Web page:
But as the clock ticks down towards the deadline, there is also the certainty that more sacrifices will be required.
"We are seeing movement, we will see setbacks," he said. "I think unfortunately we will continue to pay a price in blood and treasure for this mission."
 

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Every Army that went to Afghanistan got their ass kicked why would Canada be exempted?
 

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Discussion Starter · #7 ·
Don't you just love the possible interpretations of the same info:?
Last year the Taliban was on the run, just like the year before....
Bin Laden is still running around...
The government does not extend much past Kabul.
Reconstruction is a farce.

Yup, we are winning this one....
 

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"We can't possibly win in the Pacific Theatre of war. The Japanese have Kamikaze pilots who don't care if they live or die! Time to pull the plug, our troops can't win this fight. Bring them home."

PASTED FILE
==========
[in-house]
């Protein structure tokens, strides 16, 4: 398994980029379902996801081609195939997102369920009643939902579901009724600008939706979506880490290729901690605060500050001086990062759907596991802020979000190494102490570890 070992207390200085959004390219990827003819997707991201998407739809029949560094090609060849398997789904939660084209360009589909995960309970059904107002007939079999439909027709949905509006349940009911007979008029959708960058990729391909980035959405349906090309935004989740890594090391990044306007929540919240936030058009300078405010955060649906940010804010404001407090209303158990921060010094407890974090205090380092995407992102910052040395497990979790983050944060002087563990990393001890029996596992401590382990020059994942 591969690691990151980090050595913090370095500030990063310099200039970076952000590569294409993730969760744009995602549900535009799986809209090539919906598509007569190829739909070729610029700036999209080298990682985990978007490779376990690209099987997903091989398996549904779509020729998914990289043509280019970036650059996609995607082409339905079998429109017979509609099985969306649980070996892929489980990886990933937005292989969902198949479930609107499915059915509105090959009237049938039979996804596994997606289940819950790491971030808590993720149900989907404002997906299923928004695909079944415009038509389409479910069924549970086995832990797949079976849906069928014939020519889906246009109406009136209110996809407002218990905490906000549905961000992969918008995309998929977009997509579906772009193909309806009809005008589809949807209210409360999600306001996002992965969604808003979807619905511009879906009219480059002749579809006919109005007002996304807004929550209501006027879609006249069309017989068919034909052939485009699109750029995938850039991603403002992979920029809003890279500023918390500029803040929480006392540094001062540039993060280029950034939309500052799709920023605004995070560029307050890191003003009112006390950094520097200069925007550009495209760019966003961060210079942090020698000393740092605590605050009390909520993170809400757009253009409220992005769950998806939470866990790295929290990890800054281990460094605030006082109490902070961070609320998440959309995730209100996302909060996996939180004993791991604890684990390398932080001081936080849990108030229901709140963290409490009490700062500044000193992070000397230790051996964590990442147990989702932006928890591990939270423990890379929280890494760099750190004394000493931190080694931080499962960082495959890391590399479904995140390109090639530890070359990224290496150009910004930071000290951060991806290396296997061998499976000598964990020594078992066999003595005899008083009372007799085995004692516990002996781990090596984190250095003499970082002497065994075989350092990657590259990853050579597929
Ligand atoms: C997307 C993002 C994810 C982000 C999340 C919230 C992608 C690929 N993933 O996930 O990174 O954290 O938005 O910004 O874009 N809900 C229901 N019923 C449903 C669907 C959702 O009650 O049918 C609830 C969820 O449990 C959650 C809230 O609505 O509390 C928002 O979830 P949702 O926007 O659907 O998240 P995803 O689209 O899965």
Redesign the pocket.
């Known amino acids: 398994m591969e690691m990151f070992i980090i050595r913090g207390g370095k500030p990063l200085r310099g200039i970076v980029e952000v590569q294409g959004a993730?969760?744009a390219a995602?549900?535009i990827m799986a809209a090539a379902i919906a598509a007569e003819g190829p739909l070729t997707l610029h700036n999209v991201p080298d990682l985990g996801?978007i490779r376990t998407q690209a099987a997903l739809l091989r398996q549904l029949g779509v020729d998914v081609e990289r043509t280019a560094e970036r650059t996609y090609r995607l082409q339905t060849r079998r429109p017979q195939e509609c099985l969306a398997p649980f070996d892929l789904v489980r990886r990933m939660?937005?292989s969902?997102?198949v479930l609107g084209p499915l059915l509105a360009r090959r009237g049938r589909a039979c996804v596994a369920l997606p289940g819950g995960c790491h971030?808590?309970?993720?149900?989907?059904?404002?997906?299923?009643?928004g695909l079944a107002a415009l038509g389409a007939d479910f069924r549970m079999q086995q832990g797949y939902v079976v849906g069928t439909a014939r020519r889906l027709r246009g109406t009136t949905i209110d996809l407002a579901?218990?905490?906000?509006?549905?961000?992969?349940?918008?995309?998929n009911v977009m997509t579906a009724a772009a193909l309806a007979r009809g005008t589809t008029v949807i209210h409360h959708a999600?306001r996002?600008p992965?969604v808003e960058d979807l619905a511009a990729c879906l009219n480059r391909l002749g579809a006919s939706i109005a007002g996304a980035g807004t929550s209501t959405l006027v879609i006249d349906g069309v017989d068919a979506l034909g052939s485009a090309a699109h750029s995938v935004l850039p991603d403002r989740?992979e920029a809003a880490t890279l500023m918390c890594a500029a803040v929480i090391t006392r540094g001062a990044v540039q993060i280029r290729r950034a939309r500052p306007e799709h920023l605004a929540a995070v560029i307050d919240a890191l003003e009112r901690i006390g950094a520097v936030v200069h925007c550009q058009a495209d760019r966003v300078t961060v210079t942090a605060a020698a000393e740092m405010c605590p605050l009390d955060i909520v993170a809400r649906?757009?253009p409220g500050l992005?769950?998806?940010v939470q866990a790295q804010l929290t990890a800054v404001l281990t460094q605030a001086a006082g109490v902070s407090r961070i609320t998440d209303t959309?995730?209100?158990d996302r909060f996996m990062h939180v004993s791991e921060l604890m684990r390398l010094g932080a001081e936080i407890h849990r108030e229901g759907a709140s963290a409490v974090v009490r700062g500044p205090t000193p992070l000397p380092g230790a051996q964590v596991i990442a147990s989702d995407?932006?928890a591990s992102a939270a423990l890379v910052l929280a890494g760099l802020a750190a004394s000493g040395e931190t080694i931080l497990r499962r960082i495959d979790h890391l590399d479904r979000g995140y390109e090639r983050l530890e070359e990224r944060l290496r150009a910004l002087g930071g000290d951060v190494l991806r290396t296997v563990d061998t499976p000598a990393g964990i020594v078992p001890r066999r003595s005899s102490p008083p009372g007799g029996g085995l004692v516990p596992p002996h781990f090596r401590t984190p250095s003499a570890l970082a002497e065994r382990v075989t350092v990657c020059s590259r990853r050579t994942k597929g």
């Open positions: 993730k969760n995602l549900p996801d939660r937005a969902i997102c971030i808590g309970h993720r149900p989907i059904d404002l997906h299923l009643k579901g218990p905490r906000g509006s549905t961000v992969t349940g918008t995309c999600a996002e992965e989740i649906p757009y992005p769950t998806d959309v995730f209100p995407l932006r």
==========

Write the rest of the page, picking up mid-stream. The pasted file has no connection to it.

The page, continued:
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"We can't possibly win in the Pacific Theatre of war. The Japanese have Kamikaze pilots who don't care if they live or die! Time to pull the plug, our troops can't win this fight. Bring them home."
You do know the answer to that was to nuke a couple of cities. So I take it you are suggesting dropping a couple of nukes on Afghanistan?
 

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I would like to see a new law in this country that would state, if the politicians send troops into a prolonged, offensive combat mission(not peacekeeping), where there is no direct threat to Canadian soil, the politicians that have supported such a mission would have their of age children and/or closest of age eligible relatives trained and sent to the combat zone as combatants immediately upon the start of hostilities.